Gregos. I am curious as to what his full name is. He lets me in, but am sworn to secrecy – well at least to not putting it in print. The first time I spotted one of Gregos’ faces was on a meander in the 18th almost a year ago. A month ago I spotted another face, again in the 18th, and realised there may well be an entire collection. There is. In the most random of places around the 18th arrondissement. Admittedly they are becoming harder to spot because he now places them in higher, more obscure and harder-to-reach places because people are taking them down.
It was an afternoon of initiation into the world of street art for me. We met at his quartier general as he calls it, his headquarters, at Le Saint Jean on rue des Abbesses.
After which we walked around the neighbourhood as he pointed out various other artists’ works, and before long I start to notice the signatures, and spot them on my own.
He has been putting up his faces around Paris for six years now, and even though he also paints- the faces are still what he enjoys doing the most. A great number have been taken down though. He hopes the people taking them down are keeping them, and that they will be collector’s items many years from now.
When then, does he go out to put them up? I am assuming it has to all be very clandestine to avoid them coming down as soon as they go up. He tells me that in the early hours of the morning. Around 4am because it’s quiet on the streets then. That’s when he also likes to work. Although in winter he does not put any up.
This is because the adhesive used to put these faces up takes several hours to dry. And in winter it can take far too long.
I ask how he feels about people taking them down. He’s happy with that. It shows that they are being noticed. He no longer signs his name on them though. For the moment he is the only artist in Paris creating these 3D moulds, so people know it’s his face.
|One of the few signed, but damaged, faces.|
I walk around Montmartre that afternoon, with the man behind the faces, having him point out all his faces in the various places. I was there to see the latest installation. His 360th in Paris. Symbolic, he says. A journey, full circle for him, from when he started a number of years ago- when he stopped working and decided to devote his full time to his art.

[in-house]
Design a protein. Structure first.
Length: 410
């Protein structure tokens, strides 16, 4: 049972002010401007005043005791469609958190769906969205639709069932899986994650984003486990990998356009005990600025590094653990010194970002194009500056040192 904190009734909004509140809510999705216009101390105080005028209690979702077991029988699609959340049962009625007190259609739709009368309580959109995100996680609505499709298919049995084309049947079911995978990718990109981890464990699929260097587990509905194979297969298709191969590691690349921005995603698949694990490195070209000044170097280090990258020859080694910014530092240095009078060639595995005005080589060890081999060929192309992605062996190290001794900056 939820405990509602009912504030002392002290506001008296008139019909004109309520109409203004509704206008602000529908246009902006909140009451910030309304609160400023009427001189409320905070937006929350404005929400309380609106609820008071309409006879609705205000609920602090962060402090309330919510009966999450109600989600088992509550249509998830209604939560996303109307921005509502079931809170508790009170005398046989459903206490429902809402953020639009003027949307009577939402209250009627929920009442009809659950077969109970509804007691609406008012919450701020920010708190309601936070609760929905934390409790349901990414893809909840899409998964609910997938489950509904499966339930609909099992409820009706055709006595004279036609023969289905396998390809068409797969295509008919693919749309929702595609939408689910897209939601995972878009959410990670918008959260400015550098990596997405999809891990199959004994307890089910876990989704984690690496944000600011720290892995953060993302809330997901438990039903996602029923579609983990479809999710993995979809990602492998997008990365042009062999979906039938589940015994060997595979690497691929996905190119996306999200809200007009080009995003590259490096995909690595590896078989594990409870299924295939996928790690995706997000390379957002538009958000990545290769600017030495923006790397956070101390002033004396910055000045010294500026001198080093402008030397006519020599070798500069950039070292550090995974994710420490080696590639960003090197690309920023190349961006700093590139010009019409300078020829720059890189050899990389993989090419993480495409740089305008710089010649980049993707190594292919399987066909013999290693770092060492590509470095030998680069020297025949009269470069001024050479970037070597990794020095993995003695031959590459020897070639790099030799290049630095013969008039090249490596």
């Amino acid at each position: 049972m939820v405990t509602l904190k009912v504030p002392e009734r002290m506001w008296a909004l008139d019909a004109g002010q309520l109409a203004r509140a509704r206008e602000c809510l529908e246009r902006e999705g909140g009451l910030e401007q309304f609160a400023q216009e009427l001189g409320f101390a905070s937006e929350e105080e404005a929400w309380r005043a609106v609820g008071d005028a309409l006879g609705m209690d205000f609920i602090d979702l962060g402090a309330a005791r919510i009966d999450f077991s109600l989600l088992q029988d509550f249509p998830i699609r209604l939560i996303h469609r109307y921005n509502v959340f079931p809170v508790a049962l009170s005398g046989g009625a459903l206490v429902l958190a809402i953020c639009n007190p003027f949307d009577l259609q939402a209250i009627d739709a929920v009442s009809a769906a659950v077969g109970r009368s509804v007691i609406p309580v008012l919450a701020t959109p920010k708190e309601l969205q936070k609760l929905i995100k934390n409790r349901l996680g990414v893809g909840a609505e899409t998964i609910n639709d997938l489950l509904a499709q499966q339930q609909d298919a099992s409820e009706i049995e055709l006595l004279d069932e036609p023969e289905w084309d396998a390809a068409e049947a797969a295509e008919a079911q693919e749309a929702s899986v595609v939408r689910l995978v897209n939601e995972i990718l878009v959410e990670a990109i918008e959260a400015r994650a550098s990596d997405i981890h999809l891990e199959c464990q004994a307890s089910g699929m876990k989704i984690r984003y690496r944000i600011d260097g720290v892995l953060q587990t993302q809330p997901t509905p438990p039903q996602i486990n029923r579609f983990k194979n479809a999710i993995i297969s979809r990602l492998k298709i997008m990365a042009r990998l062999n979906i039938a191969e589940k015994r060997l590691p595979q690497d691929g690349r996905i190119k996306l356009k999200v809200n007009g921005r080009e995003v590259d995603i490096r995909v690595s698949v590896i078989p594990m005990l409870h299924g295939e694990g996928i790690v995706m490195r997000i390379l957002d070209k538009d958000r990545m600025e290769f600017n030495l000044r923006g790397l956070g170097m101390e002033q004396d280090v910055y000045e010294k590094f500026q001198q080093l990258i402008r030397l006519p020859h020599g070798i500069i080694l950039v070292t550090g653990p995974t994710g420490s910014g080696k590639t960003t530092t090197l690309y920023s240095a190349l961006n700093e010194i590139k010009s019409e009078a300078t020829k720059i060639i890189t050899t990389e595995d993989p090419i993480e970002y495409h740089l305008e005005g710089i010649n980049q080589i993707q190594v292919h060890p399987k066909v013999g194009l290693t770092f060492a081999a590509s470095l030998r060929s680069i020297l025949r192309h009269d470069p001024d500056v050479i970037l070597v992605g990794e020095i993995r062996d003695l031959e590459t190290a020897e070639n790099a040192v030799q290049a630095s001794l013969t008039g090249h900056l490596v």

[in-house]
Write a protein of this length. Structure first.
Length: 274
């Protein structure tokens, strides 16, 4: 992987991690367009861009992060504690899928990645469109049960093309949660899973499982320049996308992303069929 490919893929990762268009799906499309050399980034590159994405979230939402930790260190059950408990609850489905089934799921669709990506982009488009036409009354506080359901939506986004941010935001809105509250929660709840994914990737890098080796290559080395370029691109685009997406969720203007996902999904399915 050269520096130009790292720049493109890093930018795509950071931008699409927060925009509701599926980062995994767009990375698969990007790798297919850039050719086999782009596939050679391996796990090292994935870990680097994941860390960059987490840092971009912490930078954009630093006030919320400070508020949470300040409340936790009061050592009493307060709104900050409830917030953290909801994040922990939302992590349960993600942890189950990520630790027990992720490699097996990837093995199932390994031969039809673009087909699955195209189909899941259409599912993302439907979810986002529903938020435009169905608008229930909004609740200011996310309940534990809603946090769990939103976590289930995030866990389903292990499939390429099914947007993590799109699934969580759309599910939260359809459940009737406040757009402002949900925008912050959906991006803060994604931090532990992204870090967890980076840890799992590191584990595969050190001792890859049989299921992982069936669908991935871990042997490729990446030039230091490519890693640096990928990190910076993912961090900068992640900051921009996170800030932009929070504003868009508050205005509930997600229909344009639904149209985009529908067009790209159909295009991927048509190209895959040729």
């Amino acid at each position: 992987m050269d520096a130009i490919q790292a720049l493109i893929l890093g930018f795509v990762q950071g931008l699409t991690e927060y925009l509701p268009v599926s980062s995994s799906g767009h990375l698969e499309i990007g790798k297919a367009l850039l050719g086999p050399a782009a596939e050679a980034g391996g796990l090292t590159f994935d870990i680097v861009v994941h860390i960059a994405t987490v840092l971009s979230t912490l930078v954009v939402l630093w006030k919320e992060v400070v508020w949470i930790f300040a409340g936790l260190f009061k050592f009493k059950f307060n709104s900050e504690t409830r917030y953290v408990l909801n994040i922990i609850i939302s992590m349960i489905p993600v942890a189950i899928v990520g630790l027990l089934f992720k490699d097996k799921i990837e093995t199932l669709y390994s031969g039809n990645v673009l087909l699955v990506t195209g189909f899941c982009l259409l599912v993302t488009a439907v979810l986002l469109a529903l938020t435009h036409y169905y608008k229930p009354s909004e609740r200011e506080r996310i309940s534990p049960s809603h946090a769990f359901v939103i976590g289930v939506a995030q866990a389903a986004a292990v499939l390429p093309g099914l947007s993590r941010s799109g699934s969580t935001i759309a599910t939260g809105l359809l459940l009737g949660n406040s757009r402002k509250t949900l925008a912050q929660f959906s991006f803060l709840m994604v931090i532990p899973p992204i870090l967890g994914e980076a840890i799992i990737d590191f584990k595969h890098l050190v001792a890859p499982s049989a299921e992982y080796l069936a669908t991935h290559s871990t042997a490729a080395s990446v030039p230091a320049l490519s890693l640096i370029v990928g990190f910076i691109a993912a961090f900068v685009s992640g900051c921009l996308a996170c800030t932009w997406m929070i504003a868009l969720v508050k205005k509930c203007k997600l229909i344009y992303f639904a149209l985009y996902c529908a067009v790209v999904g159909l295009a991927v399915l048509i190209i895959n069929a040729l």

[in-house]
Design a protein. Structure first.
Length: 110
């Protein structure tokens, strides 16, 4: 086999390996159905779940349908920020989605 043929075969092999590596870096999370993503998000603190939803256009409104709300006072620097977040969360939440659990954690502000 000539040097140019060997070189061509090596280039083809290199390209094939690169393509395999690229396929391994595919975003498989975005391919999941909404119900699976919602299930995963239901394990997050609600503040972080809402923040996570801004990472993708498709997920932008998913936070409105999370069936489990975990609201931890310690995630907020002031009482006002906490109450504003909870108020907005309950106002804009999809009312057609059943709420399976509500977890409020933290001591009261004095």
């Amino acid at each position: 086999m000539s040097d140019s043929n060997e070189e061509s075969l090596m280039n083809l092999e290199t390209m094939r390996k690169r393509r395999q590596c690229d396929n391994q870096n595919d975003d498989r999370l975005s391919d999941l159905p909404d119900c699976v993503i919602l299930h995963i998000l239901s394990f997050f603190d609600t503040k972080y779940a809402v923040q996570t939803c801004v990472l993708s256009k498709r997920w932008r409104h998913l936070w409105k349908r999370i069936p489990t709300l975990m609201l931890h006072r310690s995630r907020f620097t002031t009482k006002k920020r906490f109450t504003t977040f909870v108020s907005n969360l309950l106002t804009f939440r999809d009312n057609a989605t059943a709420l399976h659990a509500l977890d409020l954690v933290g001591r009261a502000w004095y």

To date 400 faces have been installed in Paris and and in other countries. He now collaborates with other artists around the world on installations in foreign cities.You can in fact order a face from Gregos, paint it and install it on your own city.
He has a fervent following of street art enthusiasts, and his faces are photographed widely.
Other than the faces, Gregos paints acrylic and oil paintings and travels overseas when the opportunity avails itself for exhibitions and workshops. He currently has an exhibit on at Artkraft on rue Chaptal in the 9th arrondissement. He is exhibiting with other renowned street artists; Nowart (Arnaud Rabier), Fkdl (Franck Duval), Zokados and 2rode (Francois Tworode) – real names and monikers that are hybrids of their real names, all carving out names for themselves in the world of street art, using different mediums and the streets as their canvas.
I want to know how the art is valued, given that it is everywhere and accessible to all. Does the very nature of it being street art not diminish its value? This is not the case he tells me. Art dealers can still values street artists’ work, and with a resurgence of interest in this type of art, collectors and followers are becoming more discerning.
The streets of Montmartre are an open canvas for the artists here. It is everywhere. To the the uninitiated eye, it is difficult to distinguish between the art styles and various signatures, but there are distinctive ones – with small easily recognisable signatures. In some cases, it seems like the work of angry teens armed with a can of spray paint, then you start seeing the images in between some of the angry words.
Activism? Subversion? This erstwhile image of what street art was about has changed.
It is no longer just aerosol spray painting. There’s stencil art, charcoal, murals, and even installations hanging from windows and roofs. The artists have webistes, facebook pages and twitter accounts. They’re connected onto social media and exhibit widely.
As we walked Gregos pointed out Mimi the Clown’s work, easy enough to spot, he paints clown faces dressed as Superman. Gregos rattles off other names, identifying their art as we walk. There’s Space Invader the artist who uses small tiles, making mosaic images, there are colorful canvas squares in high, hard-to-reach, but easy-to-spot places – another signature work. He points out a piece of work through an apartment window, another renowned artist, who also does a lot of street art. Every corner is full of surprises. At one point I am walking with my camera aimed to the ground as I follow the obvious work of another artist who has his work, emblazoned on the very pavements we’re pounding.
When I met with Gregos, he was still working out of his home studio, but looking to move to his own atelier, because it was becoming more difficult to work with his toddler son in his apartment. He finds time for his work in between his other responsibilities. After our meeting, he was rushing off to pick up his son from crèche, and later in the evening when it was quiet- he’d get down to working again, creating more faces to add to the walls of Paris.
More images of street art in Montmartre here.
Some from initiation into the world of street art below.
|An image by Space Invader|